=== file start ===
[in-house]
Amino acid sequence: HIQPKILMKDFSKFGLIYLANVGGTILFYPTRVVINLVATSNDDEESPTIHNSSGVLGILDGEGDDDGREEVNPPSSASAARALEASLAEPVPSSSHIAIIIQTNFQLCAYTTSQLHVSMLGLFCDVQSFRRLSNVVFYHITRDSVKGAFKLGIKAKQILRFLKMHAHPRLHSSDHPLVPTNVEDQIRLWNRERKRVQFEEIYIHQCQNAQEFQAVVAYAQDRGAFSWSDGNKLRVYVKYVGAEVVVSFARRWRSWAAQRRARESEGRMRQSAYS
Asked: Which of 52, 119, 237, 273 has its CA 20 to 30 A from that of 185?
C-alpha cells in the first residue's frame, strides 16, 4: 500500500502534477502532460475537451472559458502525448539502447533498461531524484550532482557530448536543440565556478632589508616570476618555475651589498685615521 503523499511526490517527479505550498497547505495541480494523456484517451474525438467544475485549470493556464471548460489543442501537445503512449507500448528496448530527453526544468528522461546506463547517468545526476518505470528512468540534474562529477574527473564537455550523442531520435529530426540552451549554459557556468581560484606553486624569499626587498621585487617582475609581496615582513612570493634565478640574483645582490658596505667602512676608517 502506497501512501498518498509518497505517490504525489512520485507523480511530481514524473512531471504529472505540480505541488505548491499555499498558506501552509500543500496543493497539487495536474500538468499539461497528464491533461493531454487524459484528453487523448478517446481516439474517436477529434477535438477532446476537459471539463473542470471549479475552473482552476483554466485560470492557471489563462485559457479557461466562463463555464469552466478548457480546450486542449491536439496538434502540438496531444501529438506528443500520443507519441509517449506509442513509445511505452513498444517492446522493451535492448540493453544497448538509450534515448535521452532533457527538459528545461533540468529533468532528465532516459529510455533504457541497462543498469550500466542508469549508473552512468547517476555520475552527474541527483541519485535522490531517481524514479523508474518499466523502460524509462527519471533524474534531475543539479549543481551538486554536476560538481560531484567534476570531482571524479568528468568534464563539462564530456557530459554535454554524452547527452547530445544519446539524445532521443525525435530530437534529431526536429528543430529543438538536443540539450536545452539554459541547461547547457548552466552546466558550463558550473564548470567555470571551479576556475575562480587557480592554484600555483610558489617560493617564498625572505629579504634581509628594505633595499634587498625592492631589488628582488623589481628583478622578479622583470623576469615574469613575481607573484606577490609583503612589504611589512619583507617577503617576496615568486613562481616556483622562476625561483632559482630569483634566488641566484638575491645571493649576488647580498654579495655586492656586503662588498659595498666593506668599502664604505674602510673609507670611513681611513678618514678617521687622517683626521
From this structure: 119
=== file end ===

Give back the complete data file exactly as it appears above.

[in-house]
Amino acid sequence: HIQPKILMKDFSKFGLIYLANVGGTILFYPTRVVINLVATSNDDEESPTIHNSSGVLGILDGEGDDDGREEVNPPSSASAARALEASLAEPVPSSSHIAIIIQTNFQLCAYTTSQLHVSMLGLFCDVQSFRRLSNVVFYHITRDSVKGAFKLGIKAKQILRFLKMHAHPRLHSSDHPLVPTNVEDQIRLWNRERKRVQFEEIYIHQCQNAQEFQAVVAYAQDRGAFSWSDGNKLRVYVKYVGAEVVVSFARRWRSWAAQRRARESEGRMRQSAYS
Asked: Which of 52, 119, 237, 273 has its CA 20 to 30 A from that of 185?
C-alpha cells in the first residue's frame, strides 16, 4: 500500500502534477502532460475537451472559458502525448539502447533498461531524484550532482557530448536543440565556478632589508616570476618555475651589498685615521 503523499511526490517527479505550498497547505495541480494523456484517451474525438467544475485549470493556464471548460489543442501537445503512449507500448528496448530527453526544468528522461546506463547517468545526476518505470528512468540534474562529477574527473564537455550523442531520435529530426540552451549554459557556468581560484606553486624569499626587498621585487617582475609581496615582513612570493634565478640574483645582490658596505667602512676608517 502506497501512501498518498509518497505517490504525489512520485507523480511530481514524473512531471504529472505540480505541488505548491499555499498558506501552509500543500496543493497539487495536474500538468499539461497528464491533461493531454487524459484528453487523448478517446481516439474517436477529434477535438477532446476537459471539463473542470471549479475552473482552476483554466485560470492557471489563462485559457479557461466562463463555464469552466478548457480546450486542449491536439496538434502540438496531444501529438506528443500520443507519441509517449506509442513509445511505452513498444517492446522493451535492448540493453544497448538509450534515448535521452532533457527538459528545461533540468529533468532528465532516459529510455533504457541497462543498469550500466542508469549508473552512468547517476555520475552527474541527483541519485535522490531517481524514479523508474518499466523502460524509462527519471533524474534531475543539479549543481551538486554536476560538481560531484567534476570531482571524479568528468568534464563539462564530456557530459554535454554524452547527452547530445544519446539524445532521443525525435530530437534529431526536429528543430529543438538536443540539450536545452539554459541547461547547457548552466552546466558550463558550473564548470567555470571551479576556475575562480587557480592554484600555483610558489617560493617564498625572505629579504634581509628594505633595499634587498625592492631589488628582488623589481628583478622578479622583470623576469615574469613575481607573484606577490609583503612589504611589512619583507617577503617576496615568486613562481616556483622562476625561483632559482630569483634566488641566484638575491645571493649576488647580498654579495655586492656586503662588498659595498666593506668599502664604505674602510673609507670611513681611513678618514678617521687622517683626521
From this structure: 119